BMW S55 & N55 CRANK HUB FAILURE. WHAT YOU NEED TO KNOW.
You’ve no doubt heard about the dreaded Crank Hub Failure on BMW’s S55-engined M-cars. As the S55 is fitted to the high-performance, very tuneable M4, M3 and M2 Comp models, it seems like an uncharacteristic error by Munich’s finest engineers.
So, as the owner of one of these cars, should you be aware of this problem? Unfortunately, yes, you should.
So what’s the S55 & N55's Crank Hub problem?
In pretty much any modern engine, high-performance or otherwise, the crankshaft drives the camshafts via a belt or chain. Any unintended slippage of this chain will vary the timing - which can ultimately be pretty catastrophic, as a rapidly rising piston gets to meet several fast moving valves.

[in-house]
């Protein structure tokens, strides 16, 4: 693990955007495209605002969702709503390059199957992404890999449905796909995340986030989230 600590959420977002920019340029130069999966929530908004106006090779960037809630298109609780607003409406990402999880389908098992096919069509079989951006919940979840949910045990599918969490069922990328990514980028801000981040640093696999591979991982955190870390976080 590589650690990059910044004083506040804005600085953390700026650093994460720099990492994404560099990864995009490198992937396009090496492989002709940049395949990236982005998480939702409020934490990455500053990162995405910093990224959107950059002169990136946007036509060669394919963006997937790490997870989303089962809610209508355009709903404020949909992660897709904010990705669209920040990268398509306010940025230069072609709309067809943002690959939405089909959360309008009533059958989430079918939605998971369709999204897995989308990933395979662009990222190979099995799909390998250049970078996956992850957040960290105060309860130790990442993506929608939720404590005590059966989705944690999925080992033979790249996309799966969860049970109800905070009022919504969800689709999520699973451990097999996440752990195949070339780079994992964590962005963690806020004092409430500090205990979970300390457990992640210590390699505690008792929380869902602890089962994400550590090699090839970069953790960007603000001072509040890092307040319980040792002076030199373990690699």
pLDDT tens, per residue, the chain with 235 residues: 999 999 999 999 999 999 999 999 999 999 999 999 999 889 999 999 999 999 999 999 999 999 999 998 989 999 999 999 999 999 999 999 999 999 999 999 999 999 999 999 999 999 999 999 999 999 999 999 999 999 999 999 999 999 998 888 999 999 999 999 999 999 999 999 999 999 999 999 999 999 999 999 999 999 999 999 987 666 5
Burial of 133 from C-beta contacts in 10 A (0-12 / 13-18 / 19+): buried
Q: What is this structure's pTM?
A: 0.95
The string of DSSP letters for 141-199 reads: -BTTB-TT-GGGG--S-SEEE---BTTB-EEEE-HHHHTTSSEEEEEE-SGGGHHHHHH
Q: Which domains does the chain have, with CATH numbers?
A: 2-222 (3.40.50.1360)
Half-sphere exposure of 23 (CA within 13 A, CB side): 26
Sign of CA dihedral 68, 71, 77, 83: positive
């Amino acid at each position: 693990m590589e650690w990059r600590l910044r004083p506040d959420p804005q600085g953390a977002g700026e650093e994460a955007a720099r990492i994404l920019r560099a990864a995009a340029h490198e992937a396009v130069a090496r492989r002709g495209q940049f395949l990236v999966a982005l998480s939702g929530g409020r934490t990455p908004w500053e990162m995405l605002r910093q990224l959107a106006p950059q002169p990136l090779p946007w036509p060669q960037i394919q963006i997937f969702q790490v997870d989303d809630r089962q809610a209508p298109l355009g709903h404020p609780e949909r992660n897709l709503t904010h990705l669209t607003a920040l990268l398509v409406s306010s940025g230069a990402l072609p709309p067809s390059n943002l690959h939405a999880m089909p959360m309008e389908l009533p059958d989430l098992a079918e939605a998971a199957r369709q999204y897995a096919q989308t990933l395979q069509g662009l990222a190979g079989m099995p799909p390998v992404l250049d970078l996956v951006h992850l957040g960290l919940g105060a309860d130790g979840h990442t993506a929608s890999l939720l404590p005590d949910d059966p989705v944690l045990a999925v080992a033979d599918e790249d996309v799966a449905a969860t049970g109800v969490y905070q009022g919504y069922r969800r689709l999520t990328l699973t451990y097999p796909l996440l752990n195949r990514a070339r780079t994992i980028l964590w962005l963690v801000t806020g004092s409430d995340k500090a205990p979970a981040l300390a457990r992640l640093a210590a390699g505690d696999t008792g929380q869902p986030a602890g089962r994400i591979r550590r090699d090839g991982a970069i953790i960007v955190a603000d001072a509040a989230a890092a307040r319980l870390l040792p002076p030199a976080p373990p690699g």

So it’s a bit of a mystery to the world quite why BMW’s engineers would decide to simply secure the S55’s crank hub, with its geared teeth driving the timing chain, by simply bolting it up really, tightly with a high-friction sintered washer in between. No keyway, no pins used to locate it, just a load of torque on the bolt - and hope for the best!
The infamous ‘S55 crank hub failure’, as it has become known, is that fateful moment where either a high shock loading from a gearshift or over time, the engine’s vibrations and harmonics loosen the crank bolt. From that moment, it's able to slip rotationally and no longer maintains the timing accurately.
Which BMWs does it affect?
Let’s keep this in perspective – our estimate would be that under 10% of S55 engines ever suffer from a spun crank hub in their lifetime. The issue seems to affect modified cars as well as completely standard ones with full BMW service history, but clearly the higher the state of tune, the higher the risk. It seems that every S55 engine is different, just as everyone’s driving style is different.